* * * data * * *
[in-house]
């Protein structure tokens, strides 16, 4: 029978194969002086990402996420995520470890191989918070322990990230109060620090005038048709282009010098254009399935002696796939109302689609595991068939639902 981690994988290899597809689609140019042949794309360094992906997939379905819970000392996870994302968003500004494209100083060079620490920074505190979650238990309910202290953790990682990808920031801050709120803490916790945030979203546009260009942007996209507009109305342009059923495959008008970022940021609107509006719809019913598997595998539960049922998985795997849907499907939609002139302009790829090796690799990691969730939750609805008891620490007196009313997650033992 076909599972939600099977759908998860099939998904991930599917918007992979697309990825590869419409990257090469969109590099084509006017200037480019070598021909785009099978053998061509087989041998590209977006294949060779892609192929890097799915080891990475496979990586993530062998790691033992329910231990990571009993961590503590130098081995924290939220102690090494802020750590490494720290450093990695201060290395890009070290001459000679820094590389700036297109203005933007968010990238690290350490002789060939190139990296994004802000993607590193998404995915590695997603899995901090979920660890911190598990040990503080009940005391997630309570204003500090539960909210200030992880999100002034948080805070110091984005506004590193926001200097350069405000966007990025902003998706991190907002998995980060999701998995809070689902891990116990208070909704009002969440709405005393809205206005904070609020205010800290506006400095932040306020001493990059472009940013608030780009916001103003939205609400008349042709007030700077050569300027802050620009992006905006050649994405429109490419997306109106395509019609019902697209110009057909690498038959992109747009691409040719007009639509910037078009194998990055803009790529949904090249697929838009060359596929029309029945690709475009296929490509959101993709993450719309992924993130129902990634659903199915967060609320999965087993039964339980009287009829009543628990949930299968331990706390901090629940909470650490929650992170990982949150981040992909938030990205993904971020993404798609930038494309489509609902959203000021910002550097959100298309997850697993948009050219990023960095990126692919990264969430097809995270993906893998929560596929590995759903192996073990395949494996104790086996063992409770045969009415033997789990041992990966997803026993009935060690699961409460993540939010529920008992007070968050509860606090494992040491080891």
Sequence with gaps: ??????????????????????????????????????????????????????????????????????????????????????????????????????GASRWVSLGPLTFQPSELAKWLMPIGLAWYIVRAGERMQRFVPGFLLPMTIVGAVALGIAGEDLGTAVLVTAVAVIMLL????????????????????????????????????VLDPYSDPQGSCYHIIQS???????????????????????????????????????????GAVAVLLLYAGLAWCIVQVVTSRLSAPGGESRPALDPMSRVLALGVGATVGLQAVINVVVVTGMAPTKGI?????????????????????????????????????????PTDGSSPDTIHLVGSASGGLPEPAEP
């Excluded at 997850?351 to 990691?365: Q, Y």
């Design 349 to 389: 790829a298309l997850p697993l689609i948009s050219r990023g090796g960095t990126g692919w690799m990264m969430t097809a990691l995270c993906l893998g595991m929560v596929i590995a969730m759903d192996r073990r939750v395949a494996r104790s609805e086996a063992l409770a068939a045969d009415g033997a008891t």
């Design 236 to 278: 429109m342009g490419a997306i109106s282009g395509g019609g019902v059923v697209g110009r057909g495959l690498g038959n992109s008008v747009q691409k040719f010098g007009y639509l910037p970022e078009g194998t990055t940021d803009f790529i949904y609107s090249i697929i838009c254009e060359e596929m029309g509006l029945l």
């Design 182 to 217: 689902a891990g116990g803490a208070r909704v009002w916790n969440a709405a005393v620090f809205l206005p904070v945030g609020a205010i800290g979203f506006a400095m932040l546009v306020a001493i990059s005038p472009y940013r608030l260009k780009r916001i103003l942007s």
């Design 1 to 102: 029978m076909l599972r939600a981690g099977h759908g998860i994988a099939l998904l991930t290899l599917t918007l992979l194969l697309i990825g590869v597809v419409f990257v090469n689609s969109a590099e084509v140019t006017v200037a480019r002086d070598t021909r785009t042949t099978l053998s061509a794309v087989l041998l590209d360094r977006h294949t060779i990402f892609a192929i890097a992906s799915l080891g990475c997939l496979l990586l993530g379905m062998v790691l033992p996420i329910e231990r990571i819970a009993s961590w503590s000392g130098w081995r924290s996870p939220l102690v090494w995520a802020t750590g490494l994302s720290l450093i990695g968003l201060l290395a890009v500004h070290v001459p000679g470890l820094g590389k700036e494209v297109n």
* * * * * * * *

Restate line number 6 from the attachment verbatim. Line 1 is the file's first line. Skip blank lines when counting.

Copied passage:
């Design 236 to 278: 429109m342009g490419a997306i109106s282009g395509g019609g019902v059923v697209g110009r057909g495959l690498g038959n992109s008008v747009q691409k040719f010098g007009y639509l910037p970022e078009g194998t990055t940021d803009f790529i949904y609107s090249i697929i838009c254009e060359e596929m029309g509006l029945l």